Editor’s note: Like any newspaper, The FluffingtonPost maintains a board of aging “wise men” (and one female) who pontificate with glib certainty on issues of the day. Here is their presidential endorsement:
As presidential candidates remind us every four years, we stand at a moment unlike any in our nation’s history, and this space couldn’t agree more. Consider that our nation has never comprised this exact collection of citizens, at this exact age, and with this exact choice of candidates.
For this reason, we take our endorsement responsibilities seriously – even if turgidly elaborated print endorsements are to this decade what our office’s beloved shag-carpet wall art was to the previous three decades.
The stakes couldn’t be higher. For instance, maybe the Mayans are right and the world will soon come to an apocalyptic end. Or, maybe they’ll be wrong – which is the more hopeful belief of this space – and all of our dreadful politics will continue with no compromise in sight.
Either way, this election offers a stark contrast in Willard Mitt Romney and Barack Hussein Obama II. In Romney, we have an unapologetic, purebred capitalist, while Obama is unapologetically financed by purebred capitalists.
But more fundamentally, this contest pits Harvard Business against Harvard Law to revive one of our nation’s oldest debates:
- Do the super-rich have all the answers to directly manage our nation’s problems? (Romney)
- Or are they better served hiring someone else to manage those problems for them? (Obama)
As regular readers of this space know well, The FluffingtonPost Editorial Board is nothing if not a student of history. This not only places a wealth of anachronistic 1950s Broadway musical references at our fingertips (“Eliza, where the devil are my slippers?”), but also makes us deeply aware of the many ways our nation has resolved this core philosophical dilemma in the past.
At times we’ve put the reins of government firmly in the soft hands of our richest men: James Madison, Lyndon Johnson, Herbert Hoover. Then in the Gilded Age, the super wealthy stepped back and, like any great ventriloquist, let their puppets become the headliners – such as Grover Cleveland, namesake of one of our greatest second-banana cities. Later during the Great Depression, we opted for a hybrid model in FDR – a man of great wealth who nonetheless hired someone to push him around in the right direction.
Now in 2012, the American electorate faces that eternal question again: Are we better off entrusting power to the very rich or to their appointed attorney?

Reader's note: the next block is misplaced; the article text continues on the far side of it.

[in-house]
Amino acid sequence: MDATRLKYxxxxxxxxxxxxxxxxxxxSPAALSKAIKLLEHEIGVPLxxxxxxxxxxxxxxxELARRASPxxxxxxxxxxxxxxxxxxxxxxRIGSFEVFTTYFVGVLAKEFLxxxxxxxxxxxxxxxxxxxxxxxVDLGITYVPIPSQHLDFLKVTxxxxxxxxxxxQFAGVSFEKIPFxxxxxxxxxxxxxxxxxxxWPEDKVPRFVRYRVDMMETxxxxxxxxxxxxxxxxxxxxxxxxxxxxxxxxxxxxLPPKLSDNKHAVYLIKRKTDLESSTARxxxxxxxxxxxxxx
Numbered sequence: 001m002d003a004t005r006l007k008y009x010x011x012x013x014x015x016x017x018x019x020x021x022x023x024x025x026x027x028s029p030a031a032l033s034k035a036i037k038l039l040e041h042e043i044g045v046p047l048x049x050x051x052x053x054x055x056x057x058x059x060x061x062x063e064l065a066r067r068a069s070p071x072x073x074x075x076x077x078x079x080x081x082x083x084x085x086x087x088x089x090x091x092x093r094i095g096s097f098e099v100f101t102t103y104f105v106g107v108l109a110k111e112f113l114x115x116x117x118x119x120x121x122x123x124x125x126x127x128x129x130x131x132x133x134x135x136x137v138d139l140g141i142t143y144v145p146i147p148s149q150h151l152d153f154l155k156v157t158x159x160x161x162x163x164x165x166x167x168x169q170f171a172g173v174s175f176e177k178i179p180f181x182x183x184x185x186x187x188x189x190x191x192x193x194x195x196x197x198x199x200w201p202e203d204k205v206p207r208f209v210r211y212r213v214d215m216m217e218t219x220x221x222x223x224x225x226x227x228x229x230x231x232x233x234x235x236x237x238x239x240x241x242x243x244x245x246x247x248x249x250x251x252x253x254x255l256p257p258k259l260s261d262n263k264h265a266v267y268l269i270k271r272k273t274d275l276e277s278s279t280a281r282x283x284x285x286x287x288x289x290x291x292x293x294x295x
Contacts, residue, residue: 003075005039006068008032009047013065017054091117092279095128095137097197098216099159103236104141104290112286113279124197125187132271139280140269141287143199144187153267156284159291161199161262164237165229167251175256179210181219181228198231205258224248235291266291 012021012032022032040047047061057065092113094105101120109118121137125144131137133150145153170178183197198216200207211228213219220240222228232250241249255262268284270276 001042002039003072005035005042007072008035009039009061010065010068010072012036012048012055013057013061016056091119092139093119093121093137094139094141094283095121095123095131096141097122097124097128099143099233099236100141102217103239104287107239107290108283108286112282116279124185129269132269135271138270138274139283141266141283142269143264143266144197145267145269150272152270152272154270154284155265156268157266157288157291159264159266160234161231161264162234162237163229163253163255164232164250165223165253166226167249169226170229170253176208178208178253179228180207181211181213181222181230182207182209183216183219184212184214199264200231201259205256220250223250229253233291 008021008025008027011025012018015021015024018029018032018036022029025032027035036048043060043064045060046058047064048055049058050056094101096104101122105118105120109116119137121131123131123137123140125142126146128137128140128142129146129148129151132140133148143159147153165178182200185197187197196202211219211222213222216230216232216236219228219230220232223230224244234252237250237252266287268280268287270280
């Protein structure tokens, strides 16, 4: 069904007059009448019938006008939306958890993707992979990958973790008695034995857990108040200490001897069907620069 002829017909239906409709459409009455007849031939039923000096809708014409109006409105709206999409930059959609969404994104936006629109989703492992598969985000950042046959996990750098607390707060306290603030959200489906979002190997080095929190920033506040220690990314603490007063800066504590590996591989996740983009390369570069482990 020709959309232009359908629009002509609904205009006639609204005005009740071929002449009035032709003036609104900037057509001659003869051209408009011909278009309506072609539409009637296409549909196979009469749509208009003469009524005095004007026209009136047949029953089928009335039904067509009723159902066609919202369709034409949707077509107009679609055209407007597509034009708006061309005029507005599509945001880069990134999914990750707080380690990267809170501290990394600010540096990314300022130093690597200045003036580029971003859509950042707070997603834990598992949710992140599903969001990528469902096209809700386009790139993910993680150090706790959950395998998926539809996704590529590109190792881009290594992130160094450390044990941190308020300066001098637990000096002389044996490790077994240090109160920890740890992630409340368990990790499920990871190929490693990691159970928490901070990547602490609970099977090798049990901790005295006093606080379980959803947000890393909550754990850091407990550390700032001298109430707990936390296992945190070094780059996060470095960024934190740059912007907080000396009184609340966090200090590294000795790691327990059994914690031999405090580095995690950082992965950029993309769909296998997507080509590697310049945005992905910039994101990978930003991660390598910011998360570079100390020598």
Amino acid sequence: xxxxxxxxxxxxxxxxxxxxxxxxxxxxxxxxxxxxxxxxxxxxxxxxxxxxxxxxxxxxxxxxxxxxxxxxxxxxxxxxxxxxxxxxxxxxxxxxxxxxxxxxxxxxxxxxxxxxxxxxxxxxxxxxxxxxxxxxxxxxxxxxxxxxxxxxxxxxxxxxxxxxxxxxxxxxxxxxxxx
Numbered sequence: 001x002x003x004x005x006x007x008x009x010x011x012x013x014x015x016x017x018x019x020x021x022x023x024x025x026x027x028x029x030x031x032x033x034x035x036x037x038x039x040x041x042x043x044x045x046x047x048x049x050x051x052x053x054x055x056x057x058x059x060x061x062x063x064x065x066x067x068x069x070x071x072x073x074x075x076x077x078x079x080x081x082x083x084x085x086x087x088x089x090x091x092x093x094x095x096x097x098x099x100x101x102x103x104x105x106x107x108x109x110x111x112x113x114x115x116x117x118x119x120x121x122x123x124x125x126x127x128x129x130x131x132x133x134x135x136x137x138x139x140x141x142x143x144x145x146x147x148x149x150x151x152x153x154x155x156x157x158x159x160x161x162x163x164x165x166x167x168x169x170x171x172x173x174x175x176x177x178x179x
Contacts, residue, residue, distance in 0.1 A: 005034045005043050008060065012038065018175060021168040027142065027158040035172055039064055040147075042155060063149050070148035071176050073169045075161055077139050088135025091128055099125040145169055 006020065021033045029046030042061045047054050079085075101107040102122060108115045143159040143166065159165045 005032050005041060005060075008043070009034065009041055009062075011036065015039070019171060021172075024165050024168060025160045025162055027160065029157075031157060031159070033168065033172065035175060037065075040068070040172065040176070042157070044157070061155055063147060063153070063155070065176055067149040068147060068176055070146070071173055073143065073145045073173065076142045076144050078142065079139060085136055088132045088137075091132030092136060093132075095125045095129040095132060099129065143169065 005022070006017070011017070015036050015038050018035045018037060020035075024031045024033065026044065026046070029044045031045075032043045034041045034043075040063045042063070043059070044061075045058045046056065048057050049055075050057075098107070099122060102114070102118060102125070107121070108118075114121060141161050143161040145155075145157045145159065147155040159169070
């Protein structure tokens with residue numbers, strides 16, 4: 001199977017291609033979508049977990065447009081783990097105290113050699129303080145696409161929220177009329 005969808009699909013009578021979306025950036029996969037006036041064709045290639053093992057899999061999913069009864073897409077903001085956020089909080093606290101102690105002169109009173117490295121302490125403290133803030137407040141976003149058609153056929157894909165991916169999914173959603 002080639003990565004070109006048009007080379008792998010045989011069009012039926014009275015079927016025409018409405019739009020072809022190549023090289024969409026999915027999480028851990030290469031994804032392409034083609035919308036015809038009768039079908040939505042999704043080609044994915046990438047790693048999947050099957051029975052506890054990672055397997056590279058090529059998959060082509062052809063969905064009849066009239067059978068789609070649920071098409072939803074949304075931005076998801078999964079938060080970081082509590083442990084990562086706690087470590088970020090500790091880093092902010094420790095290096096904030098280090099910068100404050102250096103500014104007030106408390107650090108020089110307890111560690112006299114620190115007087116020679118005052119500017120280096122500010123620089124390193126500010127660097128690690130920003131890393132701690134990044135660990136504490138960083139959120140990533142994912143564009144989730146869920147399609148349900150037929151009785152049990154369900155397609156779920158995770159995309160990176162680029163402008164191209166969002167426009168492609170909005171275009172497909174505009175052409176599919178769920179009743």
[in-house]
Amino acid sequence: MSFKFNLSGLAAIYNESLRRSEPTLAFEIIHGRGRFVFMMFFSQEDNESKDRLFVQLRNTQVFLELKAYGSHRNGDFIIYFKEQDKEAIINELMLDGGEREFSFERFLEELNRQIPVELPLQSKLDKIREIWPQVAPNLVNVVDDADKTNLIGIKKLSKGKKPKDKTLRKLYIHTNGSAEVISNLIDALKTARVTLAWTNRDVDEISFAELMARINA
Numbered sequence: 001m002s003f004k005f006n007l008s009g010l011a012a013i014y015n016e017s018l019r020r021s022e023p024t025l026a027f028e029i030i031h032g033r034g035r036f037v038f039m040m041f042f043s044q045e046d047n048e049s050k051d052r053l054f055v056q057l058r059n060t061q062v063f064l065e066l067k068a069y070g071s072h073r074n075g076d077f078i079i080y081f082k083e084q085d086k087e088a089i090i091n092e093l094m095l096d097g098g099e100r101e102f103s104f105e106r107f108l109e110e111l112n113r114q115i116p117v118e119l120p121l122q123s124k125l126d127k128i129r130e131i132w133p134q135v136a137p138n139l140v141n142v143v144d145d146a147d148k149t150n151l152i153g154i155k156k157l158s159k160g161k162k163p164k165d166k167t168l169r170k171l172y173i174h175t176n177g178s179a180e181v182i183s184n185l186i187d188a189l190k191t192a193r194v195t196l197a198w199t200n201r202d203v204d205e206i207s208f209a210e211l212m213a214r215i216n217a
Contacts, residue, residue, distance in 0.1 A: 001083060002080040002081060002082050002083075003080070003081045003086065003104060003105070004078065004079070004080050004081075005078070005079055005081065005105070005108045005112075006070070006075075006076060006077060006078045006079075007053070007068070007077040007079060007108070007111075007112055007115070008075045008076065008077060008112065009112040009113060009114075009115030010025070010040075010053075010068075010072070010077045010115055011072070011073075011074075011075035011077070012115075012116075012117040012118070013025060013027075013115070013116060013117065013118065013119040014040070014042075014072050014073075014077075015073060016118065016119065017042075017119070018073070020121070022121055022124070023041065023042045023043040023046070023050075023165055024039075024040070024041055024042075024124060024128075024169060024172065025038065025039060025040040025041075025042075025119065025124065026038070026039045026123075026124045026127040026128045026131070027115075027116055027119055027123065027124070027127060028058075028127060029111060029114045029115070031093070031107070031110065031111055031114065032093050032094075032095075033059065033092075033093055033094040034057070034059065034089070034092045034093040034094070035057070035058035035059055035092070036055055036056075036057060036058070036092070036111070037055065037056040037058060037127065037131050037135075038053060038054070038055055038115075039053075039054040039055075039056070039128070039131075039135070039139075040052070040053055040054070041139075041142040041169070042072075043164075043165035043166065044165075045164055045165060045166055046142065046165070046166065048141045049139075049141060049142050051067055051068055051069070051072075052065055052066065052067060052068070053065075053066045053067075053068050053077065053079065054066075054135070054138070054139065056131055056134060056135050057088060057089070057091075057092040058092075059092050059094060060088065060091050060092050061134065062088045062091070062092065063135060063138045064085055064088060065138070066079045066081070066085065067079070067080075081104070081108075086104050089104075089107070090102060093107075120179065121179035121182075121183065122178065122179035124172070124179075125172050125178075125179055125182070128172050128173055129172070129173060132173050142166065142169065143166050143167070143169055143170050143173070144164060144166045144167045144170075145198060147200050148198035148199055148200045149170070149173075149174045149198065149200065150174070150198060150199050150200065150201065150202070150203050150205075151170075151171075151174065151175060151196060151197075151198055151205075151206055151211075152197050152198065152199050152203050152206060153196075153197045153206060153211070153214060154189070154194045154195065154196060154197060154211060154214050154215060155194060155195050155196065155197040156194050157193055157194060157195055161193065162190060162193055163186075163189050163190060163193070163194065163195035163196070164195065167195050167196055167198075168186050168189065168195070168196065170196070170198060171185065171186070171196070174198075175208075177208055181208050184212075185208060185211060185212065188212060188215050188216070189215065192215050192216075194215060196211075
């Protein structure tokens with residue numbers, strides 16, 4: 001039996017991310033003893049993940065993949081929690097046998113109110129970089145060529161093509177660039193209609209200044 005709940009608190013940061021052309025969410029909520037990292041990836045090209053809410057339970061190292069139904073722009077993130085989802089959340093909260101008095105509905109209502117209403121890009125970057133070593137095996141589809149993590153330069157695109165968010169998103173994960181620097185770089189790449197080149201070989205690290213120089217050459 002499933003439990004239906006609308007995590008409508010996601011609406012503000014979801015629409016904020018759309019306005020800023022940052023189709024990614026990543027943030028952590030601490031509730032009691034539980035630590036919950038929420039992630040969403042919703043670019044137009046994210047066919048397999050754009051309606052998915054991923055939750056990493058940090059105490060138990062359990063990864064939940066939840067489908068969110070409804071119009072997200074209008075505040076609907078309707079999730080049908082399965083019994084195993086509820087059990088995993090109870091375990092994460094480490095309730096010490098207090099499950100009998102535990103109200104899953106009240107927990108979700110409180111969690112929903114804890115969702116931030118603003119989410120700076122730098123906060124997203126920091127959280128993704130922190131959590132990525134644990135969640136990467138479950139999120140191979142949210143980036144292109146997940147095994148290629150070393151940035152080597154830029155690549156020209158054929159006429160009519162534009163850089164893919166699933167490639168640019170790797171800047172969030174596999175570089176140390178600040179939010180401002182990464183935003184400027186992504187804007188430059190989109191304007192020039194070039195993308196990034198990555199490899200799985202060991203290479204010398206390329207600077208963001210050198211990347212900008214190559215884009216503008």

On the one hand, we can usually depend on the ultra-rich, with their carefully inbred super-DNA, to always have the right answers. This alone would recommend giving our self-important nod to Mitt.
However, modern America’s economic strength remains its willingness to outsource just about anything. Our vegetable farmers outsource picking. The Pentagon outsources private security. Even the Internet outsources searching itself to the Google. So shouldn’t this recommend our outsourcing (or “off-shoring,” in the words of birthers) another four years to Obama?
Alas, if only our choice were so simple. This space realizes that, given Supreme Court equal-protection corporate rulings, we’re overlooking the perspective of probably America’s most successful “persons” of all. We speak of course of corporations. Thus it behooves us to ask if Jesus were a corporation, who would he choose?
The illuminating answer: neither. Like any great corporation, Jesus Incorporated would certainly prefer hiring a whole team of management consultants to conduct rapid top-to-bottom analyses; create “roughly right” rescue plans; and when those fail, select which parts to keep or sell off. (For example, shuttering Arkansas as a sunk cost or shortening supply chains by selling off the Hawaiian archipelago.)
So without any further ado or kerfuffling delay, this space humbly asks all Americans – whether or not they understand Broadway references – to "Climb Ev'ry Mountain" as "A Cockeyed Optimist" and “Dream a Little Dream” by voting for...
… Bain Capital as 45th President of the United States.
After all, why settle for a single Harvard MBA or lone Harvard Law graduate when we can elect hundreds of each in a single “person.”
“I like to be in America, OK by me in America, everything free in America...
For a small fee in America!”
— West Side Story (1957)
The FluffingtonPost Editorial Board was appointed by Jeff Burdick, who thinks Congressional politics could actually be a lot like tiddlywinks if more tiddlywink players padded their bios, married multiple times and posted naked photos to the Internet.
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